What a difference a day makes? In South Louisiana we've learned what a difference two or three days of non-stop heavy rainfall can make. It can make neighborhood streets rivers. It can make family memories truly just memories. It can take thousands of lives and turn them upside down.

While the physical damage will eventually be repaired. The furniture and automobiles will eventually be replaced. When will the actual end of the nightmare be replaced by a sense of "normal"?

For those affected by the high water the lingering effects between their ears might take months or even years to be reconciled. In economic terms, when will businesses and jobs and schools and all the normal day to day functions of home and family return to normal?

One LSU economist suggests it will take about a year for that to happen. Unfortunately it will be our smaller businesses that will have the longest road and the steepest climb to recovery.

You have other smaller stores that will have to work a little bit harder maybe, will not have that same ability to just draw on extra funds. They’ll have to look at different ways, could be some federal money, small business loans.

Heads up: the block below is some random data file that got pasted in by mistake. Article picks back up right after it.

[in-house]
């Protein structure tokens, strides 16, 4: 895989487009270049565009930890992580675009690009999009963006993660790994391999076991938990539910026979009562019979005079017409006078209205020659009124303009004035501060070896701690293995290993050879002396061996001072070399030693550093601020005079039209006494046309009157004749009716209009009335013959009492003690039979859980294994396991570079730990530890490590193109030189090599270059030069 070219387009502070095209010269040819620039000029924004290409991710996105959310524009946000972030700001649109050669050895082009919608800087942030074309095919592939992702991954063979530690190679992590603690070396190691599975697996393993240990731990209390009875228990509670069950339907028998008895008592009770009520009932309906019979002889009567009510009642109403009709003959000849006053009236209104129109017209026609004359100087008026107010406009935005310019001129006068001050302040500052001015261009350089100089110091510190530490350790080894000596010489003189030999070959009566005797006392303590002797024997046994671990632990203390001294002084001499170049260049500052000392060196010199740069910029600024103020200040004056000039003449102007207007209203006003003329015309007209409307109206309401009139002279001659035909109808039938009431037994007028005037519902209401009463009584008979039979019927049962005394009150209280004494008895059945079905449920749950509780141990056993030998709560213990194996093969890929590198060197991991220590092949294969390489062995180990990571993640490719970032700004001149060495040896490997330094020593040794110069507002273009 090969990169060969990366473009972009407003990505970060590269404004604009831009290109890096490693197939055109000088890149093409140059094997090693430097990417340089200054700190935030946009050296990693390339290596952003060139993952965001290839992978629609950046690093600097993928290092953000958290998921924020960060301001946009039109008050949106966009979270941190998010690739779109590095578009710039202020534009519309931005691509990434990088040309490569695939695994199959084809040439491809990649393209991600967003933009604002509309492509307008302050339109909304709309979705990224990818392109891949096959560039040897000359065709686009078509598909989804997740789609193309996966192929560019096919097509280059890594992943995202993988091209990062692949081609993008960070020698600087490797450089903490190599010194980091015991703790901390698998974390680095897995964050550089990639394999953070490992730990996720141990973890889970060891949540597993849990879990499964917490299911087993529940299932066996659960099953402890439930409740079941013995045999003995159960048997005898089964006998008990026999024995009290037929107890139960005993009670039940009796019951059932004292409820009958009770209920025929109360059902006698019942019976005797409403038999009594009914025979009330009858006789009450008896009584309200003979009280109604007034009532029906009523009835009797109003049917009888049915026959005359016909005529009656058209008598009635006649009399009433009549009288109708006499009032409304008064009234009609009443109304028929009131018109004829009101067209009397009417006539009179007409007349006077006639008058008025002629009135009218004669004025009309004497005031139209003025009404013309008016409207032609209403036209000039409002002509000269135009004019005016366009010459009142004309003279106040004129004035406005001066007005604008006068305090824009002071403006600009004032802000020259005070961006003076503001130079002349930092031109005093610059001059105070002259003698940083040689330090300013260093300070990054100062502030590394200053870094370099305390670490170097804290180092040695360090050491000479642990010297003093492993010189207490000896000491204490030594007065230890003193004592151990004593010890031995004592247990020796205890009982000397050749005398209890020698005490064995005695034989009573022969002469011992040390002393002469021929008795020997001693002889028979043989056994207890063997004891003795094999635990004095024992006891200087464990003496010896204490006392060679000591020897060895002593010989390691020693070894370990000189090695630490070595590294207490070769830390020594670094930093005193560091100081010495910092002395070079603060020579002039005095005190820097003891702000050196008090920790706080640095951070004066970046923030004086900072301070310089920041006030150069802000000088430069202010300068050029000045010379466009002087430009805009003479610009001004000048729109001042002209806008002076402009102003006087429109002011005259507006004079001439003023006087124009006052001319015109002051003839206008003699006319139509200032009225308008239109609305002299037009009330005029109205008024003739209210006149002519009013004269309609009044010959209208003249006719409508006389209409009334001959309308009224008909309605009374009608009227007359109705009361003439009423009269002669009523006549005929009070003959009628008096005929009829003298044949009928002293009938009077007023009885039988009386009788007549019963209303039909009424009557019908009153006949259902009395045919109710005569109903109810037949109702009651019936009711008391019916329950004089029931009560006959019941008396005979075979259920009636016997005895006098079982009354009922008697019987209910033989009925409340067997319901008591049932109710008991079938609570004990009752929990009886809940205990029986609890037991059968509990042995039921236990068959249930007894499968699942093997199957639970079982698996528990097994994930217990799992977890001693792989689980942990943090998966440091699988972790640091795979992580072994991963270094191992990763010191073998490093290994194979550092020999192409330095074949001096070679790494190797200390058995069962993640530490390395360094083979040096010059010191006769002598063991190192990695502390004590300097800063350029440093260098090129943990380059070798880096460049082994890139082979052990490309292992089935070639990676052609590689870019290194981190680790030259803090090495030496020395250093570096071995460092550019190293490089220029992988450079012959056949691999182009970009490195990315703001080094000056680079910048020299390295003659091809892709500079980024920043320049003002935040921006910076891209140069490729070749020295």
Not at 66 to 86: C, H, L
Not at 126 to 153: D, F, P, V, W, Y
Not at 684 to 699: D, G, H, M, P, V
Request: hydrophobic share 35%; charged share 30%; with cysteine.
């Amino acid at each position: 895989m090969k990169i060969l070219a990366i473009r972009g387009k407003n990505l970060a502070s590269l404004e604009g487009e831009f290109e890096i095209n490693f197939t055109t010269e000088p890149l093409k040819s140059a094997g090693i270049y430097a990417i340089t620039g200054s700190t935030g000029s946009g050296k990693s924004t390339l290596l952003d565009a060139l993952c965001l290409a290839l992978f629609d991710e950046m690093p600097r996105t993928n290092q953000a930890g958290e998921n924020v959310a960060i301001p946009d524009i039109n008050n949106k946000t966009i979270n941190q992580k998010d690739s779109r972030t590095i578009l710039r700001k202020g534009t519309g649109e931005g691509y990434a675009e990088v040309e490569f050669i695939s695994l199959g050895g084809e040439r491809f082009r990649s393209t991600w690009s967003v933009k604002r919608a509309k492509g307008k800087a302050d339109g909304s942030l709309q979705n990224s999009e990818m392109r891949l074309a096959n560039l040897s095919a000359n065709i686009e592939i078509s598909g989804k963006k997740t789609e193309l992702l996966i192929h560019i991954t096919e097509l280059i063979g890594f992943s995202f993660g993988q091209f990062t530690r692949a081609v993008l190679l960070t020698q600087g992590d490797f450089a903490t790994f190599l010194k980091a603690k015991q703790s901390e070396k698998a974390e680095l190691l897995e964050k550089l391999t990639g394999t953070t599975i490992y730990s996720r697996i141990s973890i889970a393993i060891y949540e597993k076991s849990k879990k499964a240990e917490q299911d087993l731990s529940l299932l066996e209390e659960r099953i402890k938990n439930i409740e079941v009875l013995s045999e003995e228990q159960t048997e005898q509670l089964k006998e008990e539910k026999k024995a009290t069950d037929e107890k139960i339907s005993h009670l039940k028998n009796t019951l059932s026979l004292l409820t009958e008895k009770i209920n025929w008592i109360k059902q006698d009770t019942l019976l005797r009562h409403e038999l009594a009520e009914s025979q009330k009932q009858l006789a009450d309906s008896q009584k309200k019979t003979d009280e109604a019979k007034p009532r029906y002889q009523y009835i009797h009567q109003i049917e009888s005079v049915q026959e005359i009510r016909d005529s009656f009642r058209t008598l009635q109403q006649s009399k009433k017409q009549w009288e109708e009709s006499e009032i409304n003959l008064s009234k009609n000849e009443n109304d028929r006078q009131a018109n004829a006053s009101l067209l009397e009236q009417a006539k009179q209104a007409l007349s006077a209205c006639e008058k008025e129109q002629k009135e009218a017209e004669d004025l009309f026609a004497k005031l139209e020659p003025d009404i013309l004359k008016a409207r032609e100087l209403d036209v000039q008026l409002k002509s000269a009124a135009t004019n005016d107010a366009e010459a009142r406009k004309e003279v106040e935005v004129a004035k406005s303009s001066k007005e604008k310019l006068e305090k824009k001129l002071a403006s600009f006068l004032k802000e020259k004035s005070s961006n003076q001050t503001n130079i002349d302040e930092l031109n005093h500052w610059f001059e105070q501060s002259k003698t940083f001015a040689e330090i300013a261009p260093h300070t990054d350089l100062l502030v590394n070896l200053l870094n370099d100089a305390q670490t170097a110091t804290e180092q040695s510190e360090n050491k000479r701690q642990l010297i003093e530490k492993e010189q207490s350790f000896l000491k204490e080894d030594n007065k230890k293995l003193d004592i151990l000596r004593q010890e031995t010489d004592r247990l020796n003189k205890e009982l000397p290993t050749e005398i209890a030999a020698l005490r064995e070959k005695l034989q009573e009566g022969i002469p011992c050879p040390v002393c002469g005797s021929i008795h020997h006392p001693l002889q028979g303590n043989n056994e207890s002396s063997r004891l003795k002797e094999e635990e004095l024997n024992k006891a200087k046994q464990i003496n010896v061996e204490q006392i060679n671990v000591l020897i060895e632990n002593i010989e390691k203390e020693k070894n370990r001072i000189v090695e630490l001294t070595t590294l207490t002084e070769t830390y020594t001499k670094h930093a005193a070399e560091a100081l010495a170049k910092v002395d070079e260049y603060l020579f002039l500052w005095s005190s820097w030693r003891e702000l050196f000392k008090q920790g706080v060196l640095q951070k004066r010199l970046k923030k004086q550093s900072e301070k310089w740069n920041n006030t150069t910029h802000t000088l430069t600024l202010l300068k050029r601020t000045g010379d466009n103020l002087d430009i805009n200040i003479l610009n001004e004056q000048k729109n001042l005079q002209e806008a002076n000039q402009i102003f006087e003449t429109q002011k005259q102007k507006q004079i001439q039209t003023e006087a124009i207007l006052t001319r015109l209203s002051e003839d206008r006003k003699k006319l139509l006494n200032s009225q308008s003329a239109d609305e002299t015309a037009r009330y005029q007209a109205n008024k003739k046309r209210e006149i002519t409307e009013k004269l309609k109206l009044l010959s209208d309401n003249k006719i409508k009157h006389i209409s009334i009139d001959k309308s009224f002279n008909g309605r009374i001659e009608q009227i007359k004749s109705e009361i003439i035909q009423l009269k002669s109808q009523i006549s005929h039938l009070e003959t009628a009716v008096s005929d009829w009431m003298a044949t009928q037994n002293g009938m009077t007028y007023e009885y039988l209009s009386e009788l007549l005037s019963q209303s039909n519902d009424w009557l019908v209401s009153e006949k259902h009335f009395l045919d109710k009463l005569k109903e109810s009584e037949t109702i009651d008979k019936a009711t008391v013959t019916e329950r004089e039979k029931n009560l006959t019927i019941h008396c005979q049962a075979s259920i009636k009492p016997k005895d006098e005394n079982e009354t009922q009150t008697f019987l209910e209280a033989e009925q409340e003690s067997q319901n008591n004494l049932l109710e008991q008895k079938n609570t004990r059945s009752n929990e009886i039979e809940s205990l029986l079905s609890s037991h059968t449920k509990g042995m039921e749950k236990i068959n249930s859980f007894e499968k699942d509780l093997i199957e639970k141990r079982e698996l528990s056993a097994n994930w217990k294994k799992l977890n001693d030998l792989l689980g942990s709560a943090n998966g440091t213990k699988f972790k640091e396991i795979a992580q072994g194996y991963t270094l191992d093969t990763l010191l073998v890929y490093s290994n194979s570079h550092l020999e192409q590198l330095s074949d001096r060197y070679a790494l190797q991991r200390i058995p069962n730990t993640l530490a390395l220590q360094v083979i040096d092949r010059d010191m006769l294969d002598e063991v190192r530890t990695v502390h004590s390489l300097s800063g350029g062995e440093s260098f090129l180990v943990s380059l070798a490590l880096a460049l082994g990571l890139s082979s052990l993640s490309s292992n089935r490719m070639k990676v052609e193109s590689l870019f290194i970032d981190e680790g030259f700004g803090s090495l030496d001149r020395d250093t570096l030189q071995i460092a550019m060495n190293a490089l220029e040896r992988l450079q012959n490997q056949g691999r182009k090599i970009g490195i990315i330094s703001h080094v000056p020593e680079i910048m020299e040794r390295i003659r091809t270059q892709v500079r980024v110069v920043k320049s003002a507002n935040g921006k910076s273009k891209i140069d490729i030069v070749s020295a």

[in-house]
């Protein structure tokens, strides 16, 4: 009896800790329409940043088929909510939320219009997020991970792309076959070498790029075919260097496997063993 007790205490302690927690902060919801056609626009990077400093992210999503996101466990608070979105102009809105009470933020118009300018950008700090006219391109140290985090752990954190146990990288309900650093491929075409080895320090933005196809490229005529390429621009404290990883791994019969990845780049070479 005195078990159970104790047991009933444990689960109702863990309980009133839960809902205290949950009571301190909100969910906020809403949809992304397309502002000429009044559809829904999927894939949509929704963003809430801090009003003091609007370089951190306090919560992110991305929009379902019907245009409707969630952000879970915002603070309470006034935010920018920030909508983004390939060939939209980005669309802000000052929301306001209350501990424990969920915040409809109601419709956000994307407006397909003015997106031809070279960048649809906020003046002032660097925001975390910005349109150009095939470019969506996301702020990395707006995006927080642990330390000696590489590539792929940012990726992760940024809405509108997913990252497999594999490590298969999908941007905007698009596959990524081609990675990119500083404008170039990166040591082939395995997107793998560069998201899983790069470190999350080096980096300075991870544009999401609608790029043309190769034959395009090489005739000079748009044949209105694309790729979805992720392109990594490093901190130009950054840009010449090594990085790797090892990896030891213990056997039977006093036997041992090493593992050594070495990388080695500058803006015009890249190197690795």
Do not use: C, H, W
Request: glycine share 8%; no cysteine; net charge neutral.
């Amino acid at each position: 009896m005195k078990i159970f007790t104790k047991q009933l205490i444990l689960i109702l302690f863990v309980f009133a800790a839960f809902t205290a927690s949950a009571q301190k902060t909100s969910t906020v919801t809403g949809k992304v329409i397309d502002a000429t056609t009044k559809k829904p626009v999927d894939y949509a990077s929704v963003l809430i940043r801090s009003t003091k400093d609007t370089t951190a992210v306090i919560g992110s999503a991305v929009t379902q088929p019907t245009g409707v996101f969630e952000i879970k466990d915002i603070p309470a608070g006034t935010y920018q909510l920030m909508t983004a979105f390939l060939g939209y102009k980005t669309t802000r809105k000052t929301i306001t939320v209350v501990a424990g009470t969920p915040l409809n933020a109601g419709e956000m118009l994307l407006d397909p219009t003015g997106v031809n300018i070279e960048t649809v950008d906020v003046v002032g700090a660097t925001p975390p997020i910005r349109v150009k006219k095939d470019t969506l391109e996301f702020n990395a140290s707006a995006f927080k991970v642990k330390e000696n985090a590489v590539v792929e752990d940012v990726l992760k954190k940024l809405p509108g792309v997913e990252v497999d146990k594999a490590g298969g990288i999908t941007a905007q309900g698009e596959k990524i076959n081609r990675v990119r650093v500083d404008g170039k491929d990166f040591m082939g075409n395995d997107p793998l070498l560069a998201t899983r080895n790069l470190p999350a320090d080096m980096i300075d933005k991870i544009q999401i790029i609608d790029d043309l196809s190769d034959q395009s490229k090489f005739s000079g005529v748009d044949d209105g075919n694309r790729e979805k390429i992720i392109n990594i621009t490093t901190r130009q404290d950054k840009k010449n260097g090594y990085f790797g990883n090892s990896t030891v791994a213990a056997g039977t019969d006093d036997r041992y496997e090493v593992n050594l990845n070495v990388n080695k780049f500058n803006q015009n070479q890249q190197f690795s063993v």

That's what Jim Richardson told the Louisiana Radio Network in discussing the economic outlook for the state following the flood.

Richardson suggested that the high water will cause a short economic boom for areas affected. There will be an influx of cash from the federal and state relief agencies. There will also be insurance money available to consumers who were protected from such calamities as flooding. That means furniture stores, car dealers, building material suppliers, and flooring contractors will be quite busy over the next few months.

The most pain and the most suffering, and people wondering what do I do? Apartments will be taken up really quickly probably, some people may be able to rent a home depending on their own resource availability.

Since many flood victims were not in mapped out flood zones they did not carry flood insurance. This will be a struggle for those who need to replace and rebuild a damaged home.

They’re going to have to refinance their house. If it were paid for, to go back and essentially borrow money on it again. What it’s going to do is put people into a situation that they don’t expect to be in.

For some it will mean a temporary setback. For others it will mean a lifetime of work and savings will need to be reworked. The good news is that strong rain won't last but strong people will survive.